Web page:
Thanks. I never heard of this guy before.
Apr 2, 2017 3:41 AM
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MKS
Joined: Jul 2006
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The YETI
Special Agent Cooper
The YETI
OK, I watched. Visually, it's very interesting. It's like seeing the cover of an old sci-fi book come to life.

I think the most interesting similarity was the discovery of the other wrecked spaceships with the giants. It's not really beat-for-beat ALIEN in the way LIFE is, but that's a very interesting coincidental feature.

Mario Bava is nothing if not a master of visuals. He worked as a cinematographer for many years before becoming a director, and it shows. It's best not to watch his films expecting great storytelling, but damn does he make every frame a painting. One thing I really love about Planet of the Vampires is how they use what little money they have, Italian genre producers of that time were skilled at stretching every dollar and making movies look more expensive than they were.

If his style intrigues you at all I highly recommend checking out his other movies like The Whip and the Body and Black Sabbath.

Thanks. I never heard of this guy before.

Mario Bava is incredible and more or less made the Italian Horror genre, including Giallo, what it would become, directly influencing Argento and Fulci. I think his masterpiece is Blood and Black Lace but I've yet to see a film of his that isn't worth watching. His formal language on such a low budget is unparalleled.
Apr 2, 2017 4:28 AM
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This movie is nothing like Alien, people keep saying that but never back it up with any examples. ?I was never an Alien fan, but I love Life.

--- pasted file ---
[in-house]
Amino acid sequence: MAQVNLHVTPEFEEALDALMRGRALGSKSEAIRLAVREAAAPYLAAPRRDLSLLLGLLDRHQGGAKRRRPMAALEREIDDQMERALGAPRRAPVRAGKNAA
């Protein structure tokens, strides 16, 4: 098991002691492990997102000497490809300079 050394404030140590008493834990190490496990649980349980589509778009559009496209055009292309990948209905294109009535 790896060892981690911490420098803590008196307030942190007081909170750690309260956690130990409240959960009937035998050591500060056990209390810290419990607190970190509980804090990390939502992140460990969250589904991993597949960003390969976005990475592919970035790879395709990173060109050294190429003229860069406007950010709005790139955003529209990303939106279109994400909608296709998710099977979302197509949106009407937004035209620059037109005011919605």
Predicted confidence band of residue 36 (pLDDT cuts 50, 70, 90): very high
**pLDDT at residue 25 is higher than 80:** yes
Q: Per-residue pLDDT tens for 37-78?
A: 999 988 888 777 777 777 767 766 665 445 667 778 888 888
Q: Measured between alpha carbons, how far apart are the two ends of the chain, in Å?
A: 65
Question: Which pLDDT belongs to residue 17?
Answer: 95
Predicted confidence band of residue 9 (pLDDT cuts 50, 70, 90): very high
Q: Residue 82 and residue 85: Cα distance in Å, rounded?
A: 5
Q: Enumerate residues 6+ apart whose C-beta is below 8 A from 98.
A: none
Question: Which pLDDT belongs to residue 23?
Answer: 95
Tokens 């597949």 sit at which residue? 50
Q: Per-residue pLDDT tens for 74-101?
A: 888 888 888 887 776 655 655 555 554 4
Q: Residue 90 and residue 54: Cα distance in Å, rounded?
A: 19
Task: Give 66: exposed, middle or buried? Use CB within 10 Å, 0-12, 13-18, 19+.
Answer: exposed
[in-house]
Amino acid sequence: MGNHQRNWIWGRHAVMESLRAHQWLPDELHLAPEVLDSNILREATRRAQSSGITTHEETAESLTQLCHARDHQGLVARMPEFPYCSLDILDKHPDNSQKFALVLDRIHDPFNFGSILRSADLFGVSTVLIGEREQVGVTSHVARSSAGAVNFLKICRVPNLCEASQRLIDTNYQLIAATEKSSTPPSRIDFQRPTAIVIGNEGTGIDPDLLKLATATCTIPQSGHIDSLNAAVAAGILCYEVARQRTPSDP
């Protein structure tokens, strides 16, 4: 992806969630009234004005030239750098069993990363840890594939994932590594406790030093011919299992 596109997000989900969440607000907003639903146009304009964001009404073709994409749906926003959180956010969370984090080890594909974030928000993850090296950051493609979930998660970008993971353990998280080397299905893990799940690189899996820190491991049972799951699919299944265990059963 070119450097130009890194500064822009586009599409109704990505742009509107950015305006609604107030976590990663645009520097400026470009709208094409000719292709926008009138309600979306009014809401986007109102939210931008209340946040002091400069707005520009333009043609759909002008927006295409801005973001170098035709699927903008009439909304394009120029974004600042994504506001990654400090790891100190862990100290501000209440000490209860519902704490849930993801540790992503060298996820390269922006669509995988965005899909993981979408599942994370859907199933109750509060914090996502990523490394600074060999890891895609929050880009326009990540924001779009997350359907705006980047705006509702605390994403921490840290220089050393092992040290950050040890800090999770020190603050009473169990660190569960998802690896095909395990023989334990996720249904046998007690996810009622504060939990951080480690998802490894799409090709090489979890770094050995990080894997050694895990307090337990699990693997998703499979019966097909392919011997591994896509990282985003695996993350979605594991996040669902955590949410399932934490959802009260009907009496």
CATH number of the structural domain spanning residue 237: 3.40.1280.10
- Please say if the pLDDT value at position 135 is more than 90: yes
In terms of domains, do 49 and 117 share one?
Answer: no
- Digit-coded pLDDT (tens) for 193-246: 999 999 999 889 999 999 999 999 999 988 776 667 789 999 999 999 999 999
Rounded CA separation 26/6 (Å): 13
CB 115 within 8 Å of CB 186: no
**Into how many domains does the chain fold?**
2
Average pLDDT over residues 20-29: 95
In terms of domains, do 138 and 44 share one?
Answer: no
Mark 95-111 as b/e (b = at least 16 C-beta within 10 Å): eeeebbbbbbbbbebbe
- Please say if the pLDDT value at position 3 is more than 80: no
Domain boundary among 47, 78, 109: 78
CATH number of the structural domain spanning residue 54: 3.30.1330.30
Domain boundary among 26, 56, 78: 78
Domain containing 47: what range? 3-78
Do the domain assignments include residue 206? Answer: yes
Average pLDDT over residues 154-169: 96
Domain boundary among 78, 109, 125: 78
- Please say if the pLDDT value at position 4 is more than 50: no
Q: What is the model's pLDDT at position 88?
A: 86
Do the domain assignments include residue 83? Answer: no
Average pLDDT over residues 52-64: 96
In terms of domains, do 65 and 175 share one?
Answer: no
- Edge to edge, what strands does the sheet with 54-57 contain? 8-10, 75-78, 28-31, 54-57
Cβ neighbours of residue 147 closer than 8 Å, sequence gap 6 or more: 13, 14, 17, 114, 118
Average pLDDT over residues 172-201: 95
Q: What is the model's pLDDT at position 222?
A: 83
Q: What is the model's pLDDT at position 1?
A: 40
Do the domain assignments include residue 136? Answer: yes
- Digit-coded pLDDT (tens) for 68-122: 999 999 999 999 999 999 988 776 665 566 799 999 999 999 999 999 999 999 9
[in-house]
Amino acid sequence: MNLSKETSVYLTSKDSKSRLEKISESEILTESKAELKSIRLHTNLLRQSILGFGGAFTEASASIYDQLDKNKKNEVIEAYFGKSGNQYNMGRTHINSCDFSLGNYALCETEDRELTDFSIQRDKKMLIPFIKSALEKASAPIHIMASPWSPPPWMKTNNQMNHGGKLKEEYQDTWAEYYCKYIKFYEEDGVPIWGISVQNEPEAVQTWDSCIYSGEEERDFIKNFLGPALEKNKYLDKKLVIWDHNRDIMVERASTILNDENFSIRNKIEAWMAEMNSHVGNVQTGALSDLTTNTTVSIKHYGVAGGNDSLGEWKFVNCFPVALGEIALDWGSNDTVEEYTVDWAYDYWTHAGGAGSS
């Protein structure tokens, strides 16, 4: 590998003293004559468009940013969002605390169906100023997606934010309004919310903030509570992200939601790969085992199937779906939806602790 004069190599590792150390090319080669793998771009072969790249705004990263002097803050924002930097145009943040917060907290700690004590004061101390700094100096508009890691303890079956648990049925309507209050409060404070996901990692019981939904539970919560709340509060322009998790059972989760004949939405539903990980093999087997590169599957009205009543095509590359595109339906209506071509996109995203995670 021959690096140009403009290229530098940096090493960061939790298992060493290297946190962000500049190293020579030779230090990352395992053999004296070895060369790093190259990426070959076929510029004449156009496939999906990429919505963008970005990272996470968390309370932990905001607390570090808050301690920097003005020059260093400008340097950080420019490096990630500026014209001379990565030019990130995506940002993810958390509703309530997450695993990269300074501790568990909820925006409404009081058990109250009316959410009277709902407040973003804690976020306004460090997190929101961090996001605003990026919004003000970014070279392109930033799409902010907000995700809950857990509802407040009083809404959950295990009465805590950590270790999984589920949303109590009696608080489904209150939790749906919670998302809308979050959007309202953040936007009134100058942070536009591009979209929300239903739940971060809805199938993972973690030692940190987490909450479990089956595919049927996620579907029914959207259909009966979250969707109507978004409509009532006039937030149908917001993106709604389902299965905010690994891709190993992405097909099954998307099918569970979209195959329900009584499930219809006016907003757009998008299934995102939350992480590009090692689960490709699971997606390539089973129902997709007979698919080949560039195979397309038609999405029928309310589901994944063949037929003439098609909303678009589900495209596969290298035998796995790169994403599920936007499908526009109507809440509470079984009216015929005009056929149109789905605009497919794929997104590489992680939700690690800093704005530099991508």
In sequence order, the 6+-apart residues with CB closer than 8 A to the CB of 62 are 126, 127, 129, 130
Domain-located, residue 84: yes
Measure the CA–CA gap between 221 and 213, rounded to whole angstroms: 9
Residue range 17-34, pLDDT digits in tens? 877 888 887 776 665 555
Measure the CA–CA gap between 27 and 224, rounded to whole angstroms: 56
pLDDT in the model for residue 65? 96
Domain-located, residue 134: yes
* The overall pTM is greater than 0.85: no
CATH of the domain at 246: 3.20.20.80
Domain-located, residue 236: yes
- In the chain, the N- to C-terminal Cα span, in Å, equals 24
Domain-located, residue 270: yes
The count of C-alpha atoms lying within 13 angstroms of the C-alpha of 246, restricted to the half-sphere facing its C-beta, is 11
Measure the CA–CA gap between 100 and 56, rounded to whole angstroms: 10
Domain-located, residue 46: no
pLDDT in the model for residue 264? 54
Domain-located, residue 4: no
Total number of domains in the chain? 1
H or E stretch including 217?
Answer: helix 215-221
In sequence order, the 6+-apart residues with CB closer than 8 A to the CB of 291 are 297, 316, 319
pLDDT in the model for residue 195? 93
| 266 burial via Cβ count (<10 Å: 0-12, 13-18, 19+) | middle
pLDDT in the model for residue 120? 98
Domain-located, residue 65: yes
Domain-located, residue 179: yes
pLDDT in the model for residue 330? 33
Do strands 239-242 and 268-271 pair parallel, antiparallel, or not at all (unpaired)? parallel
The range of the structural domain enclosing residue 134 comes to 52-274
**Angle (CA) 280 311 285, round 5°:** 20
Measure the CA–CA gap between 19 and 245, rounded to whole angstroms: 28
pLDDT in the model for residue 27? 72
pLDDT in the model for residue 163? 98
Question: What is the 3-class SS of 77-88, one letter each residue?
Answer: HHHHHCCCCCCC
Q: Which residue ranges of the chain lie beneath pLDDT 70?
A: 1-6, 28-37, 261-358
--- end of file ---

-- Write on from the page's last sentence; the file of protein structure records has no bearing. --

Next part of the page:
Apr 4, 2017 9:45 AM
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Andrew LefloreThis movie is nothing like Alien, people keep saying that but never back it up with any examples. ?I was never an Alien fan, but I love Life.

I fucking love Life. It's like two generations of comedy genius.
Apr 4, 2017 12:42 PM
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Andrew LefloreThis movie is nothing like Alien, people keep saying that but never back it up with any examples. ?I was never an Alien fan, but I love Life.

Hello Mr. One Post.

Let's check off some boxes, none of which makes it essentially like ALIEN, but the sum total of which offer an undeniable connection.

Surprise alien discovery starts off exhilarating and turns terrifying.

Communal meal scene at the big spaceship dining table with multiple conversations.

Human mouth raped by an alien creature.

Alien prodded with electricity in attempt to stimulate it without harming it.

Fire used as a weapon.?

Doors used to try contain creature on the ship.

Alien uses air duct to escape attempts to contain it.

With destruction of main ship imminent, characters attempt to escape on life raft.

Alien grows larger as the film goes on.